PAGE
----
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*Colorado Coronavirus info:
CDPHE Coronavirus website
*Daily Coronavirus numbers in Colorado:
*How you can help in Colorado:
► Here’s the big coronavirus updates of the morning, neatly summarized by The Washington Post:
New York Gov. Andrew Cuomo ordered all workers in his state to stay home, except for those in essential services. The move came after California Gov. Gavin Newsom ordered 40 million residents to remain at home. The dramatic measures came after confirmed U.S. cases doubled in just two days, in part because of increased testing. “I applaud them, they’re taking very strong, bold steps,” President Trump said…
…The U.S. tax filing deadline has been pushed back from April 15 to July 15. “All taxpayers and businesses will have this additional time to file and make payments without interest or penalties,” Treasury Secretary Steven Mnuchin said on Twitter.
Over in Congress, Senate Republicans are pushing to complete a trillion-dollar stimulus relief package by the end of the day. President Trump announced on Friday that he is suspending payments on federally-funded student loans.
► There are some new closures and regulations from late Thursday that you should know about. As 9News reports:
Hair and nail salons, massage studios, tattoo parlors and racetrack betting facilities will be closed through at least April 30, adding to the list of “nonessential services” that already included dining rooms in bars and restaurants, breweries, wineries, gyms, casinos and theaters…
…The order from the Colorado Dept. of Public Health and Environment (CDPHE) went into effect Thursday, the same day Gov. Jared Polis banned “non-essential” medical procedures, including surgeries.
A ban on in-restaurant dining was extended until April 30. Also on Thursday, Gov. Jared Polis opened a special health insurance enrollment period. From The Colorado Sun:
The enrollment period for uninsured Coloradans will begin on March 20 and last through April 3. People who need health insurance can buy plans on the state’s Affordable Care Act’s individual exchange — called Connect for Health Colorado — during that span.
Coloradans who have lost their jobs — or who may lose their jobs in the coming weeks — and find themselves without their employer-based coverage are allowed a 60-day window after their employment ends to enroll in an individual health insurance plan. There is no date restriction for people who fall into that category.
► As Blair Miller reports for Denver7, relief for small businesses in Colorado is on the way:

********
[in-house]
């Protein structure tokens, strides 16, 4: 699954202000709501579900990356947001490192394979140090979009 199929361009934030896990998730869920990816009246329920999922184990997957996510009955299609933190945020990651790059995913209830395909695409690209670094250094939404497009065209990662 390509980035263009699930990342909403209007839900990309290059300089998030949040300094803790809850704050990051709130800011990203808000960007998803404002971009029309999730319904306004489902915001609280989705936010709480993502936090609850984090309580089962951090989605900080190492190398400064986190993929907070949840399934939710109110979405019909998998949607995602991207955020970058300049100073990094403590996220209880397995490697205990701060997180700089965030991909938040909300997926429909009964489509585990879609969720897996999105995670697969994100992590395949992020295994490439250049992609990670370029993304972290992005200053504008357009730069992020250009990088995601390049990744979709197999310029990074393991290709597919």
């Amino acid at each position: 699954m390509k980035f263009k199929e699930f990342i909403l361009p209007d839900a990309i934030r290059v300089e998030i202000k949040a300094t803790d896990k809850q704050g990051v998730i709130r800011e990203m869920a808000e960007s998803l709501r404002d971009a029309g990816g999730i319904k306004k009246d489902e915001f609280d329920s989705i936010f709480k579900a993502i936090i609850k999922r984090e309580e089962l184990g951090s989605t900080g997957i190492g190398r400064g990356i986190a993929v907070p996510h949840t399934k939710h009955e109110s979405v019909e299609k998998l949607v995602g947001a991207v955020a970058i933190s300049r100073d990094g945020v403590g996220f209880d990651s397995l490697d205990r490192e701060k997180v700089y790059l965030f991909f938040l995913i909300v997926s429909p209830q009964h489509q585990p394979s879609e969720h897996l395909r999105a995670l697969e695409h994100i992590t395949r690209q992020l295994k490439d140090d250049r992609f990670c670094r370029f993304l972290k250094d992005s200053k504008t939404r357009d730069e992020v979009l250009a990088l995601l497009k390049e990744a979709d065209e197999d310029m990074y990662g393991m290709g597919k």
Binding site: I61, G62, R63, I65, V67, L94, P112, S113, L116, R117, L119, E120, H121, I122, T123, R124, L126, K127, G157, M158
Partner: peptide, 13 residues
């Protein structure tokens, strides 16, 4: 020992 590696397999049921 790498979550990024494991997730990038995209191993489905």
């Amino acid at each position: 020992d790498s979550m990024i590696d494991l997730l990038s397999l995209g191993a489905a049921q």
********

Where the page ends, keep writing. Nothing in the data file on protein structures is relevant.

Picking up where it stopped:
The state of Colorado and city of Denver both on Thursday announced initial economic relief packages to try to help businesses and workers affected by the novel coronavirus (COVID-19) outbreak.
Gov. Jared Polis announced Thursday that the Small Business Administration had granted disaster relief for small business loans in Colorado under the SBA’s Economic Injury Disaster Loan Program – something he had said he was seeking from the federal government in recent days.
The approval will allow small businesses, nonprofits, agricultural cooperatives and aquaculture enterprises affected by the virus outbreak to seek up to $2 million in low-interest federal loans to pay for debts, payroll and accounts payable, the state said.
But wait, there’s more…
Also Thursday, Denver Mayor Michael Hancock said the city was creating an initial relief fund of $4 million to try to help small businesses affected by the outbreak.
The Denver Economic Development and Opportunity (DEDO) will have a program to give qualifying businesses cash grants of up to $7,500 – with prioritization given to the most-impacted industries, like the restaurant industry.
Congressman Jason Crow (D-Aurora) is introducing legislation to make it easier for small businesses to get new loans. The Colorado Office of Economic Development and International Trade is considering diverting incentive funds meant for recruiting new companies to Colorado toward a program that would help current Colorado businesses remain afloat.
► North Carolina Republican Sen. Richard Burr apparently gave dire Coronavirus warnings to a small group of people at a private luncheon in late February, at the same time that he was publicly downplaying the threat. But this is peanuts compared to Burr’s real problem right now, as CNBC reports:
Senate Intelligence Committee Chairman Richard Burr, R-N.C., is facing questions about his decision to sell between $630,000 and $1.7 million worth of stock one week before global financial markets began a historic slide in response to the coronavirus pandemic.
A second Republican senator, Georgia’s Kelly Loeffler, also sold large amounts of stock in late January and early February, when U.S. markets were hitting all-time highs.
Both Burr and Loeffler have received non-public information about the global spread of coronavirus from Executive Branch officials, who have been briefing senators regularly since at least January.
Read that again or just pause and let it sink in a bit more. At least four Republican Senators — Burr, Loeffler, Sen. Ron Johnson of Wisconsin, and Sen. Jim Inhofe of Oklahoma — appear to have dumped massive amounts of stock after being briefed on Coronavirus concerns.
Even Fox News talking monkey Tucker Carlson is calling for Sen. Burr to resign immediately. As Greg Sargent writes for The Washington Post, Burr’s insider trading is directly linked to President Trump.
California Democratic Sen. Dianne Feinstein is also being scrutinized for selling a lot of stock in mid-February, though she claims that her assets are all held in a blind trust.
If you’re looking for political news that isn’t about Coronavirus, it’s available right after the jump…